The stunning second term win for the BJP in Uttar Pradesh under Yogi Adityanath has its reasons. They are very precise, methodical and politically calculated reasons. They give an interesting insight on how the BJP election machinery operates, strategises and reaches the rural belt with maximum emphasis on face to face connect.
Yogi Adityanath, in his celebratory speech in Lucknow, gave maximum emphasis to better law and order, beneficial schemes for the poor, housing facilities and congratulated the voters for rejecting dynastic politics. He repeatedly invoked schemes for the poor, free ration, and better security for women.
Yogi’s speech summed up the win on the back of law and order, growth, development and uplift of the poor. He highlighted the need for balance between Josh and Hosh (Fervour and Calm).
In Uttar Pradesh, the BJP — often described as the party of Brahmins and Banias — worked assiduously to create a wider social base. It garnered the vote of non-Yadav backwards and non-Jatav Dalits.
Women voters comprised an important segment. They voted freely and independently, shattering the myth of patriarchal control. Yogi thanked them in his speech, saying women turned out in large numbers to vote for the BJP. Women benefited a lot from schemes like Ayushman Bharat, free ration, Kisan Samman Nidhi Yojana, toilets, housing, and Ujjwala.
The real trench warfare was between the Samajwadi Party and the BJP. Priyanka Gandhi did try to revive the Congress with the slogan of “I am a girl, can fight”, but its virtual absence at the grassroots was a major setback. Mayawati of the Bahujan Samaj Party was absent for most of the time. There were poll predictions that she might land anything between 14 and 20 seats, but now she is looking at a single seat signifying absolute decimation.
The law and order situation has often been talked about in Lucknow. The general view was that under BJP the security situation has improved remarkably. And that is exactly where the Samajwadi Party, despite making significant gains, failed to win the battle. Their previous stigma of “goonda raj” would take more time to erase.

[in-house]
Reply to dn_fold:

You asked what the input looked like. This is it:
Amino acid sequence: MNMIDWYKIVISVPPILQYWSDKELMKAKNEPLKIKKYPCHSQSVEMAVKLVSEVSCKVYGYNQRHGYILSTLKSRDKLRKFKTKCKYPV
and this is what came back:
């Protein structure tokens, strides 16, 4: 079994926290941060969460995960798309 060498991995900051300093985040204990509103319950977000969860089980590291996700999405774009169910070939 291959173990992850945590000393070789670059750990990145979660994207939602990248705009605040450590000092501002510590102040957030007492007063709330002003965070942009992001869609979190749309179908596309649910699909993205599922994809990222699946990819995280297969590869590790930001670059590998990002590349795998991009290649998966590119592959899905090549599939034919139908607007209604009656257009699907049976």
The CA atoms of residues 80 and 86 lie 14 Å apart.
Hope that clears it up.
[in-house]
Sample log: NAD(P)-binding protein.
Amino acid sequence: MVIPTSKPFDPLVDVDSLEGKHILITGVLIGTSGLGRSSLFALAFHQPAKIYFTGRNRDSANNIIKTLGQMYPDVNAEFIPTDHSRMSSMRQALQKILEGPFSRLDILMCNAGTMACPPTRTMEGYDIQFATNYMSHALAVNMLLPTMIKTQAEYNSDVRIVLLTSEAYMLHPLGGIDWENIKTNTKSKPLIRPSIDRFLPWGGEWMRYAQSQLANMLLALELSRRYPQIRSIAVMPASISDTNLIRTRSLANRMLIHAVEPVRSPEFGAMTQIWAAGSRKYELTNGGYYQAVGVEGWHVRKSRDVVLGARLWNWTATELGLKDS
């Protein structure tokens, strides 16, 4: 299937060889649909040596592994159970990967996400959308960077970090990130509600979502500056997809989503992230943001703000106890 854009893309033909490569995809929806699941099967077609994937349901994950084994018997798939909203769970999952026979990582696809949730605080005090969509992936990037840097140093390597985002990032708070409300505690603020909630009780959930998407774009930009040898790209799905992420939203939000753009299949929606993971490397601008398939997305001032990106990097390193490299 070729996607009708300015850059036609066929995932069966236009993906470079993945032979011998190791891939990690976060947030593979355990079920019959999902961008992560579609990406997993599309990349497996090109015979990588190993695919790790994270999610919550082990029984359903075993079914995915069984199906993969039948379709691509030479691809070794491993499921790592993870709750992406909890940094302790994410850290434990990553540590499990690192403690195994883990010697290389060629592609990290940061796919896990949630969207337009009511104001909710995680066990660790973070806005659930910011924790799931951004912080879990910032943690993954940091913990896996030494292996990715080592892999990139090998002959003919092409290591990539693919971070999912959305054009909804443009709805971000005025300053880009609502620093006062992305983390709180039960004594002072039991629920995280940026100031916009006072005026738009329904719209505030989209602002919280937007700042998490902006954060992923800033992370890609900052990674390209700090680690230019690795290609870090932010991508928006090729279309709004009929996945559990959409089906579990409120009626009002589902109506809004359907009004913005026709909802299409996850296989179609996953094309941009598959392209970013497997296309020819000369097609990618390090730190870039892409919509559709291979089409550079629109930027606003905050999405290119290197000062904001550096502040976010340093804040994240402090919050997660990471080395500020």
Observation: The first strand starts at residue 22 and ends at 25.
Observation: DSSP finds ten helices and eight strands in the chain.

Broadly speaking, there are seven reasons why BJP won in Uttar Pradesh:
1. While Narendra Modi has been associated with the RSS, Yogi was attached to his own group, Hindu Yuva Vahini, in Gorakhpur. The duo, despite their perceived differences, came together before a crucial election to signify unity and continuity.
2. BJP not only kept the Brahmin and core BJP vote intact, but pulled in the Yadav votes from the OBC, and the Jatavs and non-Jatav votes from BSP too.
3. The UP government distributed free foodgrains to around 15 crore people in the state during the second pandemic wave. Yogi brought back the scheme in December 2021, where people would receive 10 kg of free foodgrains and oil under two separate schemes until Holi 2022.
4. Labharthi is the section of people who got monetary benefits from the Centre. UP tops the list, where farmers, women, and people from marginalised sections of the society got assistance from the government. The Pradhan Mantri Awas Yojana gave monetary assistance to around 10 lakh people in UP. In rural pockets, Rs 1.2 lakh was given for the construction of homes; while in urban pockets, Rs 2.5 lakh was distributed.
5. Under the Swachh Bharat Mission, money was transferred to construct toilets. Under the Ayushman Bharat scheme, 1.3 crore people were insured for their medical needs.
6. In 2022, UP registered the maximum number of encounters, with 117 in the last five years. A crackdown happened on several gangster-turned-politicians like Mukhtar Ansari and Atiq Ahmed.
7. The Hindutva flag kept waving merrily. Though the Ram Mandir rarely emerged in the narrative of the 2022 UP elections, it has been saved as a big-ticket item for the 2024 elections. The temple is slated to be completed by 2023, ahead of the 2024 Lok Sabha elections.
The main challenger, Akhilesh Yadav of the Samajwadi Party, played a good hand, yet it was not enough. If he persists in erasing some inherent deficiencies within his party, then his time would come.
Akhilesh Yadav and his alliance partner, Jayant Chaudhary of the Rashtriya Lok Dal (RLD), projected themselves as young leaders. Amit Shah tried his best to wean away Jayant. But when he failed, the BJP weaned away large parts of the Jat belt and unemployed youth with the promise of a better life.
Then the BJP managed to increase its vote share to over 42 per cent from 2017’s 39 per cent. Poll estimates say the state is roughly made up of 25-27 per cent general castes, while around 40 per cent population in UP belong to the OBC category, 20 per cent to SC/ST and the remaining 15 per cent to Muslims. The vote percentage indicates a large number of votes from general, OBCs and SC/ST categories.
Akhilesh did his best to increase the heat on Yogi. But he failed to project his way forward route map. The issues of farmers’ protest, fuel prices, unemployment, inflation, et al were real; even then the main rival failed to breach the BJP wall.
Elections are not won purely on individual charisma. It needs a strong organisation to power away.
The author is CEO of nnis. Views expressed are personal.